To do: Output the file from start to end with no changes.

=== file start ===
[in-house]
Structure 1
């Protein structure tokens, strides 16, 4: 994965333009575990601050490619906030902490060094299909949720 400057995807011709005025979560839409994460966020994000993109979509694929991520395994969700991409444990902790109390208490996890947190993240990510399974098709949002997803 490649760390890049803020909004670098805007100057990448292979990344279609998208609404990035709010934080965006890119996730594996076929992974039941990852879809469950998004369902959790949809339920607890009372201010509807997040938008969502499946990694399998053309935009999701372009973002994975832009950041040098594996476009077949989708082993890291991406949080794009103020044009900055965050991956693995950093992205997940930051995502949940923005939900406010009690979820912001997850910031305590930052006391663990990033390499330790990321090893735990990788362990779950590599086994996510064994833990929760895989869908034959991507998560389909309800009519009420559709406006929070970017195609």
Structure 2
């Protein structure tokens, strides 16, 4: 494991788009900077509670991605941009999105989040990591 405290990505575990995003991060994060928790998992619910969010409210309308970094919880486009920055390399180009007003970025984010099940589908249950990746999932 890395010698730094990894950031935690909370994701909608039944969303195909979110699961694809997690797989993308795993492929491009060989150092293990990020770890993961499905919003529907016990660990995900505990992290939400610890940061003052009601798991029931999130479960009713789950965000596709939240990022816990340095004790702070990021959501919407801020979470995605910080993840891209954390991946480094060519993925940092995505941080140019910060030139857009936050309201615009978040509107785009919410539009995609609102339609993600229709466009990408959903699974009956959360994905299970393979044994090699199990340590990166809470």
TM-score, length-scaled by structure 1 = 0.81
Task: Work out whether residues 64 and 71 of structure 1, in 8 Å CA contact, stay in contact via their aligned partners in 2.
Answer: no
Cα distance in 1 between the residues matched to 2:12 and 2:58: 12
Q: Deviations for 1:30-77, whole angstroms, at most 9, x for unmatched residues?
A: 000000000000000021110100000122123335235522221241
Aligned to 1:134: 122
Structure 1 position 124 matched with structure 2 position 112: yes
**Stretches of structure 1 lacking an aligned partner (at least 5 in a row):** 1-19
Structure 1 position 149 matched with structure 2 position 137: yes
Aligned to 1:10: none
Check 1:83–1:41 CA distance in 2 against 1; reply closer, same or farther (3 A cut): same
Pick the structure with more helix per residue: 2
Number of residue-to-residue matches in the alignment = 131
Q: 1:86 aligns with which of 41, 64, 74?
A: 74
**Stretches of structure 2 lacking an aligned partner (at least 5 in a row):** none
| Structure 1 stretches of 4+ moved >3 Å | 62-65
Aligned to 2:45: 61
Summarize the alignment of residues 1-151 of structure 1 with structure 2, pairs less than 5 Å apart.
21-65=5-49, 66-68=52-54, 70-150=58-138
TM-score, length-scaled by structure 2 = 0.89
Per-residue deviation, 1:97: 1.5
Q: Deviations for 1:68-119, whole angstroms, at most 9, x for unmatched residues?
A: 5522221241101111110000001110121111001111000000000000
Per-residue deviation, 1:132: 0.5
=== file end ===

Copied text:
[in-house]
Structure 1
């Protein structure tokens, strides 16, 4: 994965333009575990601050490619906030902490060094299909949720 400057995807011709005025979560839409994460966020994000993109979509694929991520395994969700991409444990902790109390208490996890947190993240990510399974098709949002997803 490649760390890049803020909004670098805007100057990448292979990344279609998208609404990035709010934080965006890119996730594996076929992974039941990852879809469950998004369902959790949809339920607890009372201010509807997040938008969502499946990694399998053309935009999701372009973002994975832009950041040098594996476009077949989708082993890291991406949080794009103020044009900055965050991956693995950093992205997940930051995502949940923005939900406010009690979820912001997850910031305590930052006391663990990033390499330790990321090893735990990788362990779950590599086994996510064994833990929760895989869908034959991507998560389909309800009519009420559709406006929070970017195609």
Structure 2
């Protein structure tokens, strides 16, 4: 494991788009900077509670991605941009999105989040990591 405290990505575990995003991060994060928790998992619910969010409210309308970094919880486009920055390399180009007003970025984010099940589908249950990746999932 890395010698730094990894950031935690909370994701909608039944969303195909979110699961694809997690797989993308795993492929491009060989150092293990990020770890993961499905919003529907016990660990995900505990992290939400610890940061003052009601798991029931999130479960009713789950965000596709939240990022816990340095004790702070990021959501919407801020979470995605910080993840891209954390991946480094060519993925940092995505941080140019910060030139857009936050309201615009978040509107785009919410539009995609609102339609993600229709466009990408959903699974009956959360994905299970393979044994090699199990340590990166809470």
TM-score, length-scaled by structure 1 = 0.81
Task: Work out whether residues 64 and 71 of structure 1, in 8 Å CA contact, stay in contact via their aligned partners in 2.
Answer: no
Cα distance in 1 between the residues matched to 2:12 and 2:58: 12
Q: Deviations for 1:30-77, whole angstroms, at most 9, x for unmatched residues?
A: 000000000000000021110100000122123335235522221241
Aligned to 1:134: 122
Structure 1 position 124 matched with structure 2 position 112: yes
**Stretches of structure 1 lacking an aligned partner (at least 5 in a row):** 1-19
Structure 1 position 149 matched with structure 2 position 137: yes
Aligned to 1:10: none
Check 1:83–1:41 CA distance in 2 against 1; reply closer, same or farther (3 A cut): same
Pick the structure with more helix per residue: 2
Number of residue-to-residue matches in the alignment = 131
Q: 1:86 aligns with which of 41, 64, 74?
A: 74
**Stretches of structure 2 lacking an aligned partner (at least 5 in a row):** none
| Structure 1 stretches of 4+ moved >3 Å | 62-65
Aligned to 2:45: 61
Summarize the alignment of residues 1-151 of structure 1 with structure 2, pairs less than 5 Å apart.
21-65=5-49, 66-68=52-54, 70-150=58-138
TM-score, length-scaled by structure 2 = 0.89
Per-residue deviation, 1:97: 1.5
Q: Deviations for 1:68-119, whole angstroms, at most 9, x for unmatched residues?
A: 5522221241101111110000001110121111001111000000000000
Per-residue deviation, 1:132: 0.5